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Publication numberUS3085424 A
Publication typeGrant
Publication dateApr 16, 1963
Filing dateNov 17, 1959
Priority dateNov 17, 1959
Publication numberUS 3085424 A, US 3085424A, US-A-3085424, US3085424 A, US3085424A
InventorsAlfred V Berg
Original AssigneeAnsul Chemical Co
Export CitationBiBTeX, EndNote, RefMan
External Links: USPTO, USPTO Assignment, Espacenet
Moisture indicator housing
US 3085424 A
Abstract  available in
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Claims  available in
Description  (OCR text may contain errors)

April 16, 1963 A. v. BERG MOISTURE INDICATOR HOUSING Filed Nov. 17, 1959 INVENTGR. Alf RED V. 5596 BY Wm II/I42 II H United States Patent 01 3,085,424 MOISTURE INDICATOR HOUSING Alfred V. Berg, Menominee, Mich, assignor to Ansul Chemical Company, Marinctte, Wis., a corporation of Wisconsin Filed Nov. 17, 1959, Ser. No. 853,653 1 Claim. (Cl. 7353) This invention relates to a device for supporting mois ture indicating color elements in a housing adapted for insertion in a fluid system, especially a refrigeration systern.

Moisture indicating color elements such as those described in US. Patents No. 2,761,312 and 2,836,974 are usually mounted in a sight glass or similar unit so they can be viewed while exposed to the refrigerant fluid. However, if the elements are exposed too freely to the refrigerant stream, they are subject to accumulations of dirt and they shortly become so obscured as to be useless or if protected to the extreme, the access of the refrigerant stream to them is so restricted that an excessive length of time is required for them to come to equilibrium.

The preferred method of inserting these viewing units in the system is by a sweat solder connection. However, when the units of prior art, in which the moisture indicating elements had been permanently assembled, were inserted in this manner, the heat of the soldering operation decomposed the elements and rendered them useless. To overcome this difficulty, the viewing units of the prior art added extensions 4 to 6 inches long to the main body of the unit before assembling the elements in them so that the heat of the soldering operation would be removed from the elements so not to decompose them. This practice resulted in such large and unwieldly units that most moisture indicators were inserted into the system with flare fittings, although this was not the preferred procedure.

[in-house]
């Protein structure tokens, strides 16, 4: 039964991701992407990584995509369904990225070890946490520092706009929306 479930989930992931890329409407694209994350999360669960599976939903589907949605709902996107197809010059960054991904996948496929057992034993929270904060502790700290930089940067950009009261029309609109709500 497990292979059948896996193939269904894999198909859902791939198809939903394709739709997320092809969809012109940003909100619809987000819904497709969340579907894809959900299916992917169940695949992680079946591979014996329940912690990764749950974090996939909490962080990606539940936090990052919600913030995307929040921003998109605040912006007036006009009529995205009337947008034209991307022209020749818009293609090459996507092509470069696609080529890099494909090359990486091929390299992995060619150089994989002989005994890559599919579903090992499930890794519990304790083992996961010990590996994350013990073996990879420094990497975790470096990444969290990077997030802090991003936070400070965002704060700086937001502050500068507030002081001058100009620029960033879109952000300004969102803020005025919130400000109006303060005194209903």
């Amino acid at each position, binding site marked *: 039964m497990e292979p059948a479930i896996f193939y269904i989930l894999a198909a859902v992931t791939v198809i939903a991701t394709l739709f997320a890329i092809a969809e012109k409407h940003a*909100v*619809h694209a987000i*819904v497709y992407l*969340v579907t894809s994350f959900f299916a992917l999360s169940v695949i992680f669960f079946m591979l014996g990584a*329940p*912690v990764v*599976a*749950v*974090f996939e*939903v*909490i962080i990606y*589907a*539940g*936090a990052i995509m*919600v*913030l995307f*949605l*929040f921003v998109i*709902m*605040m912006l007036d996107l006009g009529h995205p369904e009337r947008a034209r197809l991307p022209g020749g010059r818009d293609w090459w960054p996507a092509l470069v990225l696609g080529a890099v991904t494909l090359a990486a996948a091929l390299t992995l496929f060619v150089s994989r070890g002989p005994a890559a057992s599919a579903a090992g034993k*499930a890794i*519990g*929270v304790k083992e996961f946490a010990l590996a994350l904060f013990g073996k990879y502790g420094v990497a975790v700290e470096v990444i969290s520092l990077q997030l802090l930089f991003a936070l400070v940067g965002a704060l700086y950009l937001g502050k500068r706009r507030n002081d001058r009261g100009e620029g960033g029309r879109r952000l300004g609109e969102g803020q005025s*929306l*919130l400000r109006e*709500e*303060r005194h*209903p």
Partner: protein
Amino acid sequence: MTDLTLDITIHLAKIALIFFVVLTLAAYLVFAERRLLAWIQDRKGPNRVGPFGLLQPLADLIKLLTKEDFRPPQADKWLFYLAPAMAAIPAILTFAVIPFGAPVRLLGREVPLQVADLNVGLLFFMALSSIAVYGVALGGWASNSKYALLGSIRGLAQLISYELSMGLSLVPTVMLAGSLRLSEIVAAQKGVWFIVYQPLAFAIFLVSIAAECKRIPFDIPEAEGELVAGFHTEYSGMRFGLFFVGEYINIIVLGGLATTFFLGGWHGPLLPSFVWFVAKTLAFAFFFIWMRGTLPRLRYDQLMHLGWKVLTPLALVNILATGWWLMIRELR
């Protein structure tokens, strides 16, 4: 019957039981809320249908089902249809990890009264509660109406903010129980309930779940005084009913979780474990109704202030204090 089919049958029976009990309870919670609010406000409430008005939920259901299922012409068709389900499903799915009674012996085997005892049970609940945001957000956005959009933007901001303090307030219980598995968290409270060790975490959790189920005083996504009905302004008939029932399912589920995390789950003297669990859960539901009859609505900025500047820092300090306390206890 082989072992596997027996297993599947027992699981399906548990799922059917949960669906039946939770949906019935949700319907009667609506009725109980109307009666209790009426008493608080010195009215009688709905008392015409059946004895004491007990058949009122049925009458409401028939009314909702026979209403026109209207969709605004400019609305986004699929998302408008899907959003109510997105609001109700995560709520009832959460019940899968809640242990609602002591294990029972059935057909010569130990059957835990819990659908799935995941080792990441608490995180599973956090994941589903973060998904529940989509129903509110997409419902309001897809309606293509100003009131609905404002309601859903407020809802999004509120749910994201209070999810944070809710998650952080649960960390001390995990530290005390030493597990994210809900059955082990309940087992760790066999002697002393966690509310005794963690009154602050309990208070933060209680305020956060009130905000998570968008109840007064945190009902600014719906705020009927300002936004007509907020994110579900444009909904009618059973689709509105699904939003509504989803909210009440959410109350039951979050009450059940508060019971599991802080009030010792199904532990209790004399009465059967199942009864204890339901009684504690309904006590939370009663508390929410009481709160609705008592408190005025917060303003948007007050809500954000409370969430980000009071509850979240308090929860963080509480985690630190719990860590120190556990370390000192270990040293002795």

It is an object of this invention therefore to provide a compact moisture indicator which can be sweated into the refrigeration system without damage to the moisture indicating element. It is a further object of this invention to provide a mounting for the element which, while protecting it from dirt and other foreign matter, will nevertheless enable it to be readily accessible to the refrigerant fluid so that a rapid response to the moisture content of the refrigerant is obtained. Further details and advantages of my invention will be apparent from the following description and accompanying drawings, wherein FIGURE 1 is an exploded perspective view of the entire device, and

FIGURE 2 is a section through the removable color indicator assembly.

Referring to FIGURE 1, the device is comprised of two major portions, a hollow roughly T-shaped body member and a removable element assembly, the constituents of which are shown bracketed. The body 1 is preferably manufactured from a T-shaped brass forging having a short threaded side connection 2 which is in communication with the main passageway 15. As shown, the ends 12 and 13 of this body are adapted for a sweat solder connection to the refrigeration system although one or both could obviously be adapted for a flare connection with no difficulty.